Former Bismarck mayor Dennis Mayberry dies at 64

In this January 2016 photo, members of Bismarck VFW Post 6947 stand proudly as Eastern Area Coordinator Jenny Fletcher presents Honor Guard Commander Dennis Mayberry with a certificate recognizing the post for providing military honors at the funerals of 511 veterans over the past decade.

Bismarck VFW Post 6947 was recently recognized by the Missouri Military Funeral Honors Program for its provision of military funeral honors for American veterans who have died over the past decade.

A certificate of merit was presented to the post in an afternoon ceremony by Jenny Fletcher, Missouri Military Funeral Honors Eastern Area coordinator.

“I’m presenting this certificate on behalf of a grateful nation as a token of our appreciation for the honorable and faithful service rendered by your members,” she said. “As of June 30, 2015, your organization has performed military funeral honors for 511 deceased American veterans since Feb. 1, 2005.

“I know that you have done more than that, but it’s a very big deal and I know you guys have been really active. I appreciate everything you do to make my life so much easier. I don’t know what I’d do without you. You are all great.”

Honor Guard Commander Dennis Mayberry replied, “Everybody here, I gotta’ tell you, everybody sitting in this room has gave their all for many, many years. I am proud to say we are called ‘the number one team.’"

Post members attending the ceremony in addition to Mayberry were Lindell Barton, vice commander; Melvin Fisher, Nelson Sinclair, Clarence King, Art Jones, Jim Loyd, Joe Sutton, Dean Sebastian, Joe Snyder, Jim Jenkins and Mike Greer. Post members Jerry McClain, Clyde Cantrell and Post Commander Joseph Cerchi were not present.

Since July 1999, the Missouri Military Funeral Honors Program has been a cooperative effort between the Missouri Army and Air National Guard, active components of the Army, Navy, Air Force, Marines and Coast Guard, veterans service organizations, and funeral directors.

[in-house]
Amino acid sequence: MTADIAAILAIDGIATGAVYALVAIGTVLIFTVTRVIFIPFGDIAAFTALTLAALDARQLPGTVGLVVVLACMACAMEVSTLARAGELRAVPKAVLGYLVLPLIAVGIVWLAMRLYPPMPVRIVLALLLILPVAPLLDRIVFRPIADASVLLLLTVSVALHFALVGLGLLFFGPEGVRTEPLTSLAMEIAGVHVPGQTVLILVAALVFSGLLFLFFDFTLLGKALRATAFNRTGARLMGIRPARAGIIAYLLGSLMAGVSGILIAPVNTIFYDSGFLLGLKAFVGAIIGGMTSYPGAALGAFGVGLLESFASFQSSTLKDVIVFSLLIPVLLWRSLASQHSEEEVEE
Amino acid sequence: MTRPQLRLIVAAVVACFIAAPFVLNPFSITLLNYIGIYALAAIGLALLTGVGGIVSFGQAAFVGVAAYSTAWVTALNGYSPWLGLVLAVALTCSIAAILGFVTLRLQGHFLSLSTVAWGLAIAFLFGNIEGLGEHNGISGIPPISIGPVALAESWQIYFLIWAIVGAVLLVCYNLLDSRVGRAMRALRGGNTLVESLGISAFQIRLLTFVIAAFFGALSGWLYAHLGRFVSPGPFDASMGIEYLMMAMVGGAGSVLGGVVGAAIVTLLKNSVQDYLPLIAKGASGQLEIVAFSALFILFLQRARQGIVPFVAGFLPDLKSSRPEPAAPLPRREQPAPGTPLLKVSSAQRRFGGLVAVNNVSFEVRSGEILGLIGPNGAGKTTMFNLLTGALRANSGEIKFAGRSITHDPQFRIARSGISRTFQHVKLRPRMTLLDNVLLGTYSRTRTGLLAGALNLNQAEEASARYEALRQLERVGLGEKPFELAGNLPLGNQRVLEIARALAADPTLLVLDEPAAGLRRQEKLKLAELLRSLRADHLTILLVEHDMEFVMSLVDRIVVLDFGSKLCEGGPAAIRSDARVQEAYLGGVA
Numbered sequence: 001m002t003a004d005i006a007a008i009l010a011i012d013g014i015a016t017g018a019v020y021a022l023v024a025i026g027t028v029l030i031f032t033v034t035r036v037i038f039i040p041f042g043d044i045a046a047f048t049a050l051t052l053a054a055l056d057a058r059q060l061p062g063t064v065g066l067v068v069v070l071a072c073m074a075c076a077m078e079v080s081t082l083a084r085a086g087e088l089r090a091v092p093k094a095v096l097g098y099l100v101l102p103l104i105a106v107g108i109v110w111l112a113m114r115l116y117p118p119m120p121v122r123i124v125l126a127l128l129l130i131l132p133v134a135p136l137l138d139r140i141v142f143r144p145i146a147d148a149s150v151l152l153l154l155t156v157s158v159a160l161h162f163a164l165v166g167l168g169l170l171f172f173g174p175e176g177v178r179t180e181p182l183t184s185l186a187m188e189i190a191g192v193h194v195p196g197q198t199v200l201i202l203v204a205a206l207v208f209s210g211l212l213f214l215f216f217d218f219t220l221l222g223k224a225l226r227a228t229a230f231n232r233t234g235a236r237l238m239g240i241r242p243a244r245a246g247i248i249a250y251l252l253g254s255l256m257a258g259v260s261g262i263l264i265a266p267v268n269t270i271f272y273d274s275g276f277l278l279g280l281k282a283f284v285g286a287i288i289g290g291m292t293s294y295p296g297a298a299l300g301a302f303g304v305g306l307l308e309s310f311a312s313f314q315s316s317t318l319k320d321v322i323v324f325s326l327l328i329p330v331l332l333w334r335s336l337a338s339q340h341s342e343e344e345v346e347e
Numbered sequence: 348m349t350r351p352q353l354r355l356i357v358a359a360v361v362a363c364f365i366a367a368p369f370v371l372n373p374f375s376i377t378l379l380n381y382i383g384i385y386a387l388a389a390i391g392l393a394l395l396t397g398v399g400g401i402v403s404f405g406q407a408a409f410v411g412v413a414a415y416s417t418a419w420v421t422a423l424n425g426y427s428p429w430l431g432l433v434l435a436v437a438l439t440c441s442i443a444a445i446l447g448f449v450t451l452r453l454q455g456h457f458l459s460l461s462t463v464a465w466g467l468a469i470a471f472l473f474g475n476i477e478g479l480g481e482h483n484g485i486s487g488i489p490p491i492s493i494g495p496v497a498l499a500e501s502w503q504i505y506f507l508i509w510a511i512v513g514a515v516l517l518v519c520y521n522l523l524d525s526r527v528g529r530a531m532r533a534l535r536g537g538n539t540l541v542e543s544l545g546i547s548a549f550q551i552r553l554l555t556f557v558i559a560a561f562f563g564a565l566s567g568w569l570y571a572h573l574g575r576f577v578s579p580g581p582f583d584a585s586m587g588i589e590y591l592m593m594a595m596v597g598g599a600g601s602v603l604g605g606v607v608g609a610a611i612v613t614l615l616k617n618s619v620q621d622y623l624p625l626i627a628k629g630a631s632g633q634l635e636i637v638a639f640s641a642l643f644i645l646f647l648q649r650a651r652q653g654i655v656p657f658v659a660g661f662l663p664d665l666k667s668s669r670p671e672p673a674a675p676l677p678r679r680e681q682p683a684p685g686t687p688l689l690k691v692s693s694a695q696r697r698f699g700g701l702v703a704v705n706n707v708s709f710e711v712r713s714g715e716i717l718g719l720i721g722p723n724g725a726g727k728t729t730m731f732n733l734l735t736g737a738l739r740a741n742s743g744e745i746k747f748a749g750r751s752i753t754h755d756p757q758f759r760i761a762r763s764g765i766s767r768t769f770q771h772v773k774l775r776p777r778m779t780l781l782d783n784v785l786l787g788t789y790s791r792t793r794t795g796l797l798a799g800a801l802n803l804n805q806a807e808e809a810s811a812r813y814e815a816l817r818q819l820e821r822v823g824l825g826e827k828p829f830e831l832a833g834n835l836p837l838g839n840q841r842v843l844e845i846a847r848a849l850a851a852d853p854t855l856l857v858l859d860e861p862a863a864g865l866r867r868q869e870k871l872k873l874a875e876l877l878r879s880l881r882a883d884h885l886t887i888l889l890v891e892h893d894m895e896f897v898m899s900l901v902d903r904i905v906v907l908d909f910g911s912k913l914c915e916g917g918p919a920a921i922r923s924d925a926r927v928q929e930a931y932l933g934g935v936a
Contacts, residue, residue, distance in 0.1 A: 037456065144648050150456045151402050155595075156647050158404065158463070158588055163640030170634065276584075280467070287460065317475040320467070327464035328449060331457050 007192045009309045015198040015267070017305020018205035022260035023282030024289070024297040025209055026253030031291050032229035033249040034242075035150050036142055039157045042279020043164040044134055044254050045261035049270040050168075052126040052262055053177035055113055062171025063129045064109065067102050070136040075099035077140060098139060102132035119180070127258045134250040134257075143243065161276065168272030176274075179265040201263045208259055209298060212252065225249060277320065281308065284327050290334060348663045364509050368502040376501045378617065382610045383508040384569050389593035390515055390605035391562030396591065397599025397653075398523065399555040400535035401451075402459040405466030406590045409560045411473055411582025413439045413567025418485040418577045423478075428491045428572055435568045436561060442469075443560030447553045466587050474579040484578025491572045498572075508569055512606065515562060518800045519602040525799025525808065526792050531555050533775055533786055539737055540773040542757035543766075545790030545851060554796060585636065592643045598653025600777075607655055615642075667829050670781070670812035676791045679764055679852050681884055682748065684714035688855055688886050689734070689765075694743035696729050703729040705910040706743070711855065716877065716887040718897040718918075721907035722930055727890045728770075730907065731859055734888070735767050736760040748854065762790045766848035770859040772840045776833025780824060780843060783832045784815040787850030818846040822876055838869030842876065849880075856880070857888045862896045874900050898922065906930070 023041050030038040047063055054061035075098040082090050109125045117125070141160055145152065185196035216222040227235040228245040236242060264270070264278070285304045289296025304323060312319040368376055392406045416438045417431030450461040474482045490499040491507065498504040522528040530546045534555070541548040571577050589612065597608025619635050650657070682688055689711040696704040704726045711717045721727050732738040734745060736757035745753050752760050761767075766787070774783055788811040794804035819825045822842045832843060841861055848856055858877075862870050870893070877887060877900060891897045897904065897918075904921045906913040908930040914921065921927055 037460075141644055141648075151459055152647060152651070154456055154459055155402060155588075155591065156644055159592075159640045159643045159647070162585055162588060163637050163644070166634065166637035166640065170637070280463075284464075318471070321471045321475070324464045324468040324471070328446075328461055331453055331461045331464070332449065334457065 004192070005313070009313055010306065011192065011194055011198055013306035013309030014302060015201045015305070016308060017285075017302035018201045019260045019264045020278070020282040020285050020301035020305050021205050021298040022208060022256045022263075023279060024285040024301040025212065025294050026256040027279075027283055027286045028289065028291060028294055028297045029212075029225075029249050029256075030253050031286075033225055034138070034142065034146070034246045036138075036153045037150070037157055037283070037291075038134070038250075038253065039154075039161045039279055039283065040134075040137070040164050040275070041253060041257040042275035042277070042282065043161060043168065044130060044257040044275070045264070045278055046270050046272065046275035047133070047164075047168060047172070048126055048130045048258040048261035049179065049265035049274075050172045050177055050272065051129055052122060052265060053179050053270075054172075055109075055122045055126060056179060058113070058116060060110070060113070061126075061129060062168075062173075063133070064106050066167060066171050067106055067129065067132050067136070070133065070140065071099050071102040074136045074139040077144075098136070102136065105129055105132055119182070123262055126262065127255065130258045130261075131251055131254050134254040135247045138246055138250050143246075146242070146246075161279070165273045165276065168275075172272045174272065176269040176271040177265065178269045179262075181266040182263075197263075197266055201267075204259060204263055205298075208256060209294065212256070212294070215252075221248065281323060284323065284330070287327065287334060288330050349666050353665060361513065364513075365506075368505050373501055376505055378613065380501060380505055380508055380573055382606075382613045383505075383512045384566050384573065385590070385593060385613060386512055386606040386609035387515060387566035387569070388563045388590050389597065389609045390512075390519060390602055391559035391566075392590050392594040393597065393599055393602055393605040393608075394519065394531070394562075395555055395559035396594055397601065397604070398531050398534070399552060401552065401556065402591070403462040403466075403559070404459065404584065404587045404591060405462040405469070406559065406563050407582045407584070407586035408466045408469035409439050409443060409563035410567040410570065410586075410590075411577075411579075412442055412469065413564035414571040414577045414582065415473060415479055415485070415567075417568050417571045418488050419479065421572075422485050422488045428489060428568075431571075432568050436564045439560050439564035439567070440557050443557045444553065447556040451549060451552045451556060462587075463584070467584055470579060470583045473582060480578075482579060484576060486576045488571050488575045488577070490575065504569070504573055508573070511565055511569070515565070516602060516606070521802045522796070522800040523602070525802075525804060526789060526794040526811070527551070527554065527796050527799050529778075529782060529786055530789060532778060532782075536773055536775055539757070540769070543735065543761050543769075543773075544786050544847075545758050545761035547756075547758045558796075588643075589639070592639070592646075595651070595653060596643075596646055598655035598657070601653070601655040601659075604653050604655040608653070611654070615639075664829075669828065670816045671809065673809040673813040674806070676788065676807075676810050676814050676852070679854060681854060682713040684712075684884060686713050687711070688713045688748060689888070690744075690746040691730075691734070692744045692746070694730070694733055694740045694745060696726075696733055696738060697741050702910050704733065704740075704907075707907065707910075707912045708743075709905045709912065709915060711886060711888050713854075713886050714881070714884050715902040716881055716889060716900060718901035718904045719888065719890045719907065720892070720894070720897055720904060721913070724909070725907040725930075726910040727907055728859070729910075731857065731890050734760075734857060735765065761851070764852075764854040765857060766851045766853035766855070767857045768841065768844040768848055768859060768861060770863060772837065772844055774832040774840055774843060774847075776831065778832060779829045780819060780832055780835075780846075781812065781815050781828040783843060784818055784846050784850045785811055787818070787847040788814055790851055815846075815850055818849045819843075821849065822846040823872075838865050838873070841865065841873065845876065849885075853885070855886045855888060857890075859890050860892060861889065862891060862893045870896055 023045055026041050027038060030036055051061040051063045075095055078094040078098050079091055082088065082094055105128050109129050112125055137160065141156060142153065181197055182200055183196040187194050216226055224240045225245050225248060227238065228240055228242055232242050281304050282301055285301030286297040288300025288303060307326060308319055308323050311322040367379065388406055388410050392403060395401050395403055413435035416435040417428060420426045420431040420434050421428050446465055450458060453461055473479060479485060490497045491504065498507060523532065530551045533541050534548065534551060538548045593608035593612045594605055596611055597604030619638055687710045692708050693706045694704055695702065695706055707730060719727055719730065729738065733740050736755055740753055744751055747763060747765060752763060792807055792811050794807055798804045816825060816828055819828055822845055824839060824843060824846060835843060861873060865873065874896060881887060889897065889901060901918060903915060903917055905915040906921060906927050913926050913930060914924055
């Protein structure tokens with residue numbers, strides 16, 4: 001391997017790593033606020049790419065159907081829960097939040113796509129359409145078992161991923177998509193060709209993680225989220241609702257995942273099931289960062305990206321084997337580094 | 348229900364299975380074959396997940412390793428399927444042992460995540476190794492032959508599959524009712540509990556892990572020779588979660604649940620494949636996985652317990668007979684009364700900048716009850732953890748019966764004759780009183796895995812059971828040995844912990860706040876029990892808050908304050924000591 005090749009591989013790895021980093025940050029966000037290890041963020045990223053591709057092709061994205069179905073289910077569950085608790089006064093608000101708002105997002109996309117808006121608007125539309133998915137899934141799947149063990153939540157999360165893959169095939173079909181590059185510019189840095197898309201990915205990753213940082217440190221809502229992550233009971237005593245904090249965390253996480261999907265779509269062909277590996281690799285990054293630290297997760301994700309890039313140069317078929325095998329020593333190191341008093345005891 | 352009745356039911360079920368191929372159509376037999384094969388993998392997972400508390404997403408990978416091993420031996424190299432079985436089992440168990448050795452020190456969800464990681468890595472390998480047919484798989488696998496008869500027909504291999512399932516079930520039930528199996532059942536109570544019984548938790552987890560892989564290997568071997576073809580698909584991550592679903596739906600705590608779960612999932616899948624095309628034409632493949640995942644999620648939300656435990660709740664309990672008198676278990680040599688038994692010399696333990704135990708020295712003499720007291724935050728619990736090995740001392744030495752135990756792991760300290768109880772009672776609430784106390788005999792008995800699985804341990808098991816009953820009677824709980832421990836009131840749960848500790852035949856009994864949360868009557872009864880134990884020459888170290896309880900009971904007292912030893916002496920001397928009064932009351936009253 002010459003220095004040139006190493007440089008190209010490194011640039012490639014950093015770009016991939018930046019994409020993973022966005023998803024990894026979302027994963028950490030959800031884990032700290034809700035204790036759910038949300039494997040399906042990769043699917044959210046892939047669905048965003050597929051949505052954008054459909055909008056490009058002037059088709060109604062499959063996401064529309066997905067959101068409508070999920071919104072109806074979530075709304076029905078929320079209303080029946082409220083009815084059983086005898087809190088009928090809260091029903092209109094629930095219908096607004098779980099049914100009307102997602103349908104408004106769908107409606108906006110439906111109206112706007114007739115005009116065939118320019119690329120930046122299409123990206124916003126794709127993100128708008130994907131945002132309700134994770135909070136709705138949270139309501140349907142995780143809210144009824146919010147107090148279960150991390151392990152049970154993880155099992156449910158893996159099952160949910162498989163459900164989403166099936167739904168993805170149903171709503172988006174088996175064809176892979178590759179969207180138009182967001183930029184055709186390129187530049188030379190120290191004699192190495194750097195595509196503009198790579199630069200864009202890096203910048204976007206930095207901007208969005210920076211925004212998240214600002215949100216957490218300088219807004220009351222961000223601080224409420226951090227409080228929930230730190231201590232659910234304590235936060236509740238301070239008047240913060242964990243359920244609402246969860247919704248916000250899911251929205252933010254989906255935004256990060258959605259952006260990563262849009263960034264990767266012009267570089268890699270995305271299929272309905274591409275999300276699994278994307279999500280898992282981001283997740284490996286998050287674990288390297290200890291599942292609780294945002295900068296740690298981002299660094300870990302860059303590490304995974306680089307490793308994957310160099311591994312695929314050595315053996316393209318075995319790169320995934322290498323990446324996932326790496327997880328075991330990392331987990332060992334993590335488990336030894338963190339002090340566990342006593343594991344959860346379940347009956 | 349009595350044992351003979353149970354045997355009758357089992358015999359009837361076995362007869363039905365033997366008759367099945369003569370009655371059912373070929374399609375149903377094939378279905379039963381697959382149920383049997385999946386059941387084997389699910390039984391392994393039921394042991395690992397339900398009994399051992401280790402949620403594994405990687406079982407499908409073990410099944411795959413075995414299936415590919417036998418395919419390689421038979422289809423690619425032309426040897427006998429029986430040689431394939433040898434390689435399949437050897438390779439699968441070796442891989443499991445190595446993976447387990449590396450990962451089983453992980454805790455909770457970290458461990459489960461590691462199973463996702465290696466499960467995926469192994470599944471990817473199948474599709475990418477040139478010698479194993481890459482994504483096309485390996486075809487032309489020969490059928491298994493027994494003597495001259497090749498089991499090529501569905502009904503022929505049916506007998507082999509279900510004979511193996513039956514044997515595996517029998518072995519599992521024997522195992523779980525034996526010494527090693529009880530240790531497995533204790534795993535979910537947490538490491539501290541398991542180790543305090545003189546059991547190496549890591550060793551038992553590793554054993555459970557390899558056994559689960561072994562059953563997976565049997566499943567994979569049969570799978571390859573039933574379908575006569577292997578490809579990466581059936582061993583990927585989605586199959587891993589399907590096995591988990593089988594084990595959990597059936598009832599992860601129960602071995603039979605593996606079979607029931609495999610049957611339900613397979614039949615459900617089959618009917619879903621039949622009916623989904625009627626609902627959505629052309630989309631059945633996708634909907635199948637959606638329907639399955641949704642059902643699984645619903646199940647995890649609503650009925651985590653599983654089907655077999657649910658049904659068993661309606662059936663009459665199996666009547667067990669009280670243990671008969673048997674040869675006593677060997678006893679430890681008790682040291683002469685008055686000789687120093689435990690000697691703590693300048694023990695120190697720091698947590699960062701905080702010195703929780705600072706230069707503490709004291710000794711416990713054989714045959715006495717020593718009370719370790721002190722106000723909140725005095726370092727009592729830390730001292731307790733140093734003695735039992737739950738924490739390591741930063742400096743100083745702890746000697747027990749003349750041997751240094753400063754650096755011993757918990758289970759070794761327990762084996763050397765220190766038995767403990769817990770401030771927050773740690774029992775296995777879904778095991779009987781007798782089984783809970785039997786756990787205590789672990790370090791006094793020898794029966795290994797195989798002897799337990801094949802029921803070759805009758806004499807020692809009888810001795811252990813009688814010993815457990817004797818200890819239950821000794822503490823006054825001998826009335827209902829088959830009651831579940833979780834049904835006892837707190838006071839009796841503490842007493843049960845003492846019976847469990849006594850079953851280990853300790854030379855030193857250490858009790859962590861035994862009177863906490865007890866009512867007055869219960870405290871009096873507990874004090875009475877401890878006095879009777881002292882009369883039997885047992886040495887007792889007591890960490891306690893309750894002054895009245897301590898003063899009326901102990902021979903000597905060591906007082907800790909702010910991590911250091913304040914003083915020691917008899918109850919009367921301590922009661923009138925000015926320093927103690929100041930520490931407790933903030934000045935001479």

“Military funeral honors are the ceremonial paying of respect and the final demonstration of the country's gratitude to those who, in times of war and peace, faithfully defended our nation,” said William B. Smith, Major AUS (Retired), Military Funeral Honors director. “The ceremony consists of, at minimum, the folding and presentation of the American flag and the sounding of ‘Taps’ by a detail of two uniformed members of the military services.

“At least one of the detail's members are to be from the parent service of the eligible beneficiary. Missouri veterans normally receive a three-volley rifle salute, sounding of ‘Taps,’ and flag folding and presentation.”

Smith added that deceased active duty, guard and reserve members, military retirees and veterans who served at least one term of enlistment and separated under honorable conditions are eligible for funeral honors. Active duty members and military retirees are entitled to additional honors.

“Military funeral honors are denied to persons discharged under other than honorable conditions, convicted of a state, federal or capital crime, or when circumstances surrounding the person's death are such that to provide honors at the funeral or burial of the person would bring discredit upon the military services,” Smith said.

Between the dates of July 1, 1999 and July 31, 2015, military funeral honors have been provided for 137,020 U.S. military veterans nationwide.

Kevin Jenkins is a reporter for the Daily Journal and can be reached at 573-518-3614 or


Load comments